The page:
In our Libération tribute, we told how one MP greeted a woman journalist at the Assemblée Nationale, with the words: “Ah, but you’re hustling … are you waiting for a client?” Another journalist said an MP would pass his hand through her hair and make remarks about how he couldn’t wait for the return of spring. Some would only desist if threatened with a legal complaint of harassment. A colleague recalled that a candidate for the presidential primaries said he had agreed to answer her questions because “she was wearing a pretty dress”. During one very speedy visit to a factory where we were asked to wear blue overalls, one minister thought it funny to say: “It would be better if you weren’t wearing anything underneath.”
Another time, after the summer holidays, a ministerial adviser asked us if we were “tanned completely all over”. Several female colleagues told of the text messages proposing: “Info in exchange for apéro [a drink]”. During the last presidential campaign, some female reporters discovered that a political aide had photographed them asleep on a plane and had shared the picture with his colleagues. We know that not only journalists suffer. It exists everywhere in society. In the street, the Métro, at work. In politics, elected women suffer. Last year, in the Assemblée Nationale, a woman MP was interrupted by a male MP who made cluck-cluck noises like a chicken when she spoke. A female minister was whistled because she was wearing a flowery dress.
Women working at the Assemblée have told us – anonymously, because they are afraid of losing their jobs – that politicians have tried to seduce them, sometimes violently, in a lift or corridor. Others reported that when they turned up for a job interview in an MP’s office, he had set up a makeshift bed.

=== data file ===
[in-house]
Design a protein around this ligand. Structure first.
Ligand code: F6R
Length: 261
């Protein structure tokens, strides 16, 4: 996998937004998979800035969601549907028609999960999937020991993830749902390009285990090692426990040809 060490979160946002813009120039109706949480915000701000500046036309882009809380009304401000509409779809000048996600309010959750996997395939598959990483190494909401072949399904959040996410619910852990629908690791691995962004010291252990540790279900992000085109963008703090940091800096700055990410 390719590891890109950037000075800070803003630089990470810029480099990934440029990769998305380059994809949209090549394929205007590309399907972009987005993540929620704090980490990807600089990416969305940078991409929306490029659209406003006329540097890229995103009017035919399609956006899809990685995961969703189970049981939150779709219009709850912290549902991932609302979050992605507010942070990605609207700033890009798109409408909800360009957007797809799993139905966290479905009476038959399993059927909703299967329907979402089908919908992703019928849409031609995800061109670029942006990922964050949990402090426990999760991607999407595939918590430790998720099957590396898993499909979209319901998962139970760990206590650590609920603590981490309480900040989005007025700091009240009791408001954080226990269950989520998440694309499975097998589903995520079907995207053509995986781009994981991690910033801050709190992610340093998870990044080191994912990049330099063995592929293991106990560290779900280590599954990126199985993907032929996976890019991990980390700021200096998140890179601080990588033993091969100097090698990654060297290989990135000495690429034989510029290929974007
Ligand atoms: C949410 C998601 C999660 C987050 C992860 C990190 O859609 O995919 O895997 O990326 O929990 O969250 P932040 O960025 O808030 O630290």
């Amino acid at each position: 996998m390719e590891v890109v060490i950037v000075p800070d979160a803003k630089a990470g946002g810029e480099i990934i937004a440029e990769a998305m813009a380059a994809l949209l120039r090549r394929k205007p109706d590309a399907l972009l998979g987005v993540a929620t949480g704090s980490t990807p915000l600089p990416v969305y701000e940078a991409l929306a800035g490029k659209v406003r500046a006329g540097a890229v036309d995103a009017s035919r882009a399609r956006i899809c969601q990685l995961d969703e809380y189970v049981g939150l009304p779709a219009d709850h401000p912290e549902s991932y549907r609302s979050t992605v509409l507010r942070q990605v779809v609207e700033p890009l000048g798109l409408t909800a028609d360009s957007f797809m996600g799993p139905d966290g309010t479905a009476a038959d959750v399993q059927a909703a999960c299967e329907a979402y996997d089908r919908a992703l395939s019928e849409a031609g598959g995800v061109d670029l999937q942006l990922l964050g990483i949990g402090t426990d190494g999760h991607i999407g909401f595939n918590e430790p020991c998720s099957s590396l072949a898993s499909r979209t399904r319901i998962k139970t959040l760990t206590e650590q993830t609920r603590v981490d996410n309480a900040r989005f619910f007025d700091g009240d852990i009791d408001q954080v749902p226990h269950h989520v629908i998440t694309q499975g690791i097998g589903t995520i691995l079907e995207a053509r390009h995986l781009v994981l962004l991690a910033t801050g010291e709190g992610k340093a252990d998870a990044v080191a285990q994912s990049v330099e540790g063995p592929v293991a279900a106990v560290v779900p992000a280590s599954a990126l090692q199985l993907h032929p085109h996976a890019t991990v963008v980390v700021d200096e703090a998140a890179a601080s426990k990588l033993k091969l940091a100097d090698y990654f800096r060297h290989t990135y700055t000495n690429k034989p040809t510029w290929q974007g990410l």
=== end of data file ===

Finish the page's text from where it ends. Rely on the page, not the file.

Of course, not all French MPs behave like this. Happily, some respect the rules of a working relationship, and even respect the understandable closeness that can exist between a politician, adviser or official, and a journalist. Across all political parties, younger MPs seem better educated in equality. Perhaps it’s a question of generations, but I’m ready to bet that if nothing changes in French political life that in a few years’ time, when these young men become ministers and intoxicated with power, they will repeat the behaviour of their elders. As long as women are very much in the minority in the Republic’s corridors of power and mostly white, heterosexual men, often in their sixties, dominate the two houses of parliament, they will continue to cultivate the behaviour and the sexist codes of an old boys’ club.
Unless. Well, unless the balance of power shifts. Four years ago, the Dominique Strauss-Kahn affair came as a shock to France , including in some newspaper offices, where stories emerged of female journalists who would try not to interview the head of the IMF alone. Suddenly, we were free to speak. But decades of machismo are not so easily or instantly crushed.
We have to continue to fight and go further. Female journalists must speak out, talk about how they are treated and shame those MPs who persist in their sexist behaviour. Like the German journalist from Stern who wrote in her profile of the liberal Rainer Brüderle that he had vaunted the merits of her décolletage . Perhaps that’s our next step. Because in 2015, female journalists just want to get on with their jobs.